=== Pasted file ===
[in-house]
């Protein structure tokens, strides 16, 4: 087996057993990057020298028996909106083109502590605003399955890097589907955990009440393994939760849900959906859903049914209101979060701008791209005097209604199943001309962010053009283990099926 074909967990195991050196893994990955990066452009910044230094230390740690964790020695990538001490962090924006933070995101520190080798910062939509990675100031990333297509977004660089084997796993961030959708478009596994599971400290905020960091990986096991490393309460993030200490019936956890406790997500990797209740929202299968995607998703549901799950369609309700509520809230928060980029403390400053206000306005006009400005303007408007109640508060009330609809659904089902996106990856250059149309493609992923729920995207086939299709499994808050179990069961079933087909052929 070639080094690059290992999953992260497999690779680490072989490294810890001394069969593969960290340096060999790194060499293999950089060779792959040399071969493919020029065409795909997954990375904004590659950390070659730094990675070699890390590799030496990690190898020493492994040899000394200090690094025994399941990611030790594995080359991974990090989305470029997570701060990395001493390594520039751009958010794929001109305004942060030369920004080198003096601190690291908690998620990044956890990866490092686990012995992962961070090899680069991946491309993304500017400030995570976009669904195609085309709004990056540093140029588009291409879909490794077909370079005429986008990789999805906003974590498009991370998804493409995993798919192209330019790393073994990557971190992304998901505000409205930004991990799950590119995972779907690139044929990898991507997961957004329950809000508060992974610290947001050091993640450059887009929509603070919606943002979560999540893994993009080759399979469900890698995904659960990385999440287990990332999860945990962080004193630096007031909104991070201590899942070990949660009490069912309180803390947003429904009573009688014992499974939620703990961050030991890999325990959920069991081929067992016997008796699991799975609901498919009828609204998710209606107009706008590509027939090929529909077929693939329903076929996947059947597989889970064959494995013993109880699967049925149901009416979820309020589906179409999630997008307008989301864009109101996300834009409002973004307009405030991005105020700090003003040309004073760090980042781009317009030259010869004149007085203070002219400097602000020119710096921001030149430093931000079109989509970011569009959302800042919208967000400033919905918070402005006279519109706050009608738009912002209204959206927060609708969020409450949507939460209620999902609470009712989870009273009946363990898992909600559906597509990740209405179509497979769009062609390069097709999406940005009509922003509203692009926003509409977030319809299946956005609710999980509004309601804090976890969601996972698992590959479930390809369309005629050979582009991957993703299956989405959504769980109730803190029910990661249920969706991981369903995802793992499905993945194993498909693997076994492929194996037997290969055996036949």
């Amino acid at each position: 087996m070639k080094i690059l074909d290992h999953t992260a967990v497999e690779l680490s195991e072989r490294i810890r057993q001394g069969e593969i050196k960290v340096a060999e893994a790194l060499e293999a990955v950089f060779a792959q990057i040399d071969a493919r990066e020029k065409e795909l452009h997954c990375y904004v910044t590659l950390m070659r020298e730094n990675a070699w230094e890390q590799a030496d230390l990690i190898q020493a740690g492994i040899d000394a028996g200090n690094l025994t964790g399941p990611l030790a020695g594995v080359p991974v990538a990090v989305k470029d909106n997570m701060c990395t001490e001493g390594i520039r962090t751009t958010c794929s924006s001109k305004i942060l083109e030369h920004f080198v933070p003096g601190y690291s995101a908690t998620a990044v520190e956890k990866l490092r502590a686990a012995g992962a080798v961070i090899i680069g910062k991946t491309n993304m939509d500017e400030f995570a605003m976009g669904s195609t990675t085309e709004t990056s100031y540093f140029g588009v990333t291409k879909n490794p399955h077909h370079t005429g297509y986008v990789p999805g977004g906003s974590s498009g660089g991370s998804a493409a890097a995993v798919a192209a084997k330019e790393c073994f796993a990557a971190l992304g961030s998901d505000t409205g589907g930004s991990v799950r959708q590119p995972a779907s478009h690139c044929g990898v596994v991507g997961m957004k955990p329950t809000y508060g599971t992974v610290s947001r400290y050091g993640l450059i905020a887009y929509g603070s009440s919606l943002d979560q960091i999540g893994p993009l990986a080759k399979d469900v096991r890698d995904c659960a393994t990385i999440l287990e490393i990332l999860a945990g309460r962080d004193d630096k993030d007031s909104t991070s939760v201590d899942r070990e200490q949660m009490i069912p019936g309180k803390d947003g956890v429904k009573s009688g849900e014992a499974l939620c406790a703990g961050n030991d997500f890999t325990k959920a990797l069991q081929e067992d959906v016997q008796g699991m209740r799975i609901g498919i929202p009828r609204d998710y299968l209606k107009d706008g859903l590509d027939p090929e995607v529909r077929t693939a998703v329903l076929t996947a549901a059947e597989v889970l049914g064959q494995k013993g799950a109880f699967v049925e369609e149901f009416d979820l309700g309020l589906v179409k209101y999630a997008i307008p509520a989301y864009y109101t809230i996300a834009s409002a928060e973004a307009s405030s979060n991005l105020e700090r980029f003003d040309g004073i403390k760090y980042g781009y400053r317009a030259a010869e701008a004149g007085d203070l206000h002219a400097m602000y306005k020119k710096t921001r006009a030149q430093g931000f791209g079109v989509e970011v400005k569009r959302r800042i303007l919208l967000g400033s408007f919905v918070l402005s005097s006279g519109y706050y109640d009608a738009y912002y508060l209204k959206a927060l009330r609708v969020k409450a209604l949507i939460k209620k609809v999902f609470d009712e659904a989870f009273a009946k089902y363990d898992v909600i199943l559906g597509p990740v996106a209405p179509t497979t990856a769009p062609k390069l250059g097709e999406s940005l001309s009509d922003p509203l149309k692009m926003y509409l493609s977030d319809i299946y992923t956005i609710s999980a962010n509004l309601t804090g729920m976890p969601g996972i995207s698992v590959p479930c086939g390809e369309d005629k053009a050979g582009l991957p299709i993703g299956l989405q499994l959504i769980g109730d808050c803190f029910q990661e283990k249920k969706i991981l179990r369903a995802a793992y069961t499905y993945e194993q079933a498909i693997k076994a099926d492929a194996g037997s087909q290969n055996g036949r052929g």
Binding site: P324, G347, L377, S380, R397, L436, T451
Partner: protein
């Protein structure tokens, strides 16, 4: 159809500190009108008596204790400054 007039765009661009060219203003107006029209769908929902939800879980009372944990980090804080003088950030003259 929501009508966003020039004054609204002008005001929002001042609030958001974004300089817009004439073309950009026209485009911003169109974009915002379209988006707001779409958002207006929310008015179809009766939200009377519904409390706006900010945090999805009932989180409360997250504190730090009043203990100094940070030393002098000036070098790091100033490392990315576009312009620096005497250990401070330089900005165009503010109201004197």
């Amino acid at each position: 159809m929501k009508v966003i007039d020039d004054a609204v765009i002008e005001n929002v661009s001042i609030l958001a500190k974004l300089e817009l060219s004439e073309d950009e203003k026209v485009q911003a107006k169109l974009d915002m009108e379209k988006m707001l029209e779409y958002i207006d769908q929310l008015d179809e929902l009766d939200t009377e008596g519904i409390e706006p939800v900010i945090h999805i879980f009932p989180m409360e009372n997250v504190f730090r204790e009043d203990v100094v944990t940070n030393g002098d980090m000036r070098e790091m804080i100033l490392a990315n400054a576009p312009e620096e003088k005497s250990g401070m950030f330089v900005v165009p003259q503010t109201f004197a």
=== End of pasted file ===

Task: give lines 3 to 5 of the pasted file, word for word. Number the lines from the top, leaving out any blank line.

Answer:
């Amino acid at each position: 087996m070639k080094i690059l074909d290992h999953t992260a967990v497999e690779l680490s195991e072989r490294i810890r057993q001394g069969e593969i050196k960290v340096a060999e893994a790194l060499e293999a990955v950089f060779a792959q990057i040399d071969a493919r990066e020029k065409e795909l452009h997954c990375y904004v910044t590659l950390m070659r020298e730094n990675a070699w230094e890390q590799a030496d230390l990690i190898q020493a740690g492994i040899d000394a028996g200090n690094l025994t964790g399941p990611l030790a020695g594995v080359p991974v990538a990090v989305k470029d909106n997570m701060c990395t001490e001493g390594i520039r962090t751009t958010c794929s924006s001109k305004i942060l083109e030369h920004f080198v933070p003096g601190y690291s995101a908690t998620a990044v520190e956890k990866l490092r502590a686990a012995g992962a080798v961070i090899i680069g910062k991946t491309n993304m939509d500017e400030f995570a605003m976009g669904s195609t990675t085309e709004t990056s100031y540093f140029g588009v990333t291409k879909n490794p399955h077909h370079t005429g297509y986008v990789p999805g977004g906003s974590s498009g660089g991370s998804a493409a890097a995993v798919a192209a084997k330019e790393c073994f796993a990557a971190l992304g961030s998901d505000t409205g589907g930004s991990v799950r959708q590119p995972a779907s478009h690139c044929g990898v596994v991507g997961m957004k955990p329950t809000y508060g599971t992974v610290s947001r400290y050091g993640l450059i905020a887009y929509g603070s009440s919606l943002d979560q960091i999540g893994p993009l990986a080759k399979d469900v096991r890698d995904c659960a393994t990385i999440l287990e490393i990332l999860a945990g309460r962080d004193d630096k993030d007031s909104t991070s939760v201590d899942r070990e200490q949660m009490i069912p019936g309180k803390d947003g956890v429904k009573s009688g849900e014992a499974l939620c406790a703990g961050n030991d997500f890999t325990k959920a990797l069991q081929e067992d959906v016997q008796g699991m209740r799975i609901g498919i929202p009828r609204d998710y299968l209606k107009d706008g859903l590509d027939p090929e995607v529909r077929t693939a998703v329903l076929t996947a549901a059947e597989v889970l049914g064959q494995k013993g799950a109880f699967v049925e369609e149901f009416d979820l309700g309020l589906v179409k209101y999630a997008i307008p509520a989301y864009y109101t809230i996300a834009s409002a928060e973004a307009s405030s979060n991005l105020e700090r980029f003003d040309g004073i403390k760090y980042g781009y400053r317009a030259a010869e701008a004149g007085d203070l206000h002219a400097m602000y306005k020119k710096t921001r006009a030149q430093g931000f791209g079109v989509e970011v400005k569009r959302r800042i303007l919208l967000g400033s408007f919905v918070l402005s005097s006279g519109y706050y109640d009608a738009y912002y508060l209204k959206a927060l009330r609708v969020k409450a209604l949507i939460k209620k609809v999902f609470d009712e659904a989870f009273a009946k089902y363990d898992v909600i199943l559906g597509p990740v996106a209405p179509t497979t990856a769009p062609k390069l250059g097709e999406s940005l001309s009509d922003p509203l149309k692009m926003y509409l493609s977030d319809i299946y992923t956005i609710s999980a962010n509004l309601t804090g729920m976890p969601g996972i995207s698992v590959p479930c086939g390809e369309d005629k053009a050979g582009l991957p299709i993703g299956l989405q499994l959504i769980g109730d808050c803190f029910q990661e283990k249920k969706i991981l179990r369903a995802a793992y069961t499905y993945e194993q079933a498909i693997k076994a099926d492929a194996g037997s087909q290969n055996g036949r052929g």
Binding site: P324, G347, L377, S380, R397, L436, T451
Partner: protein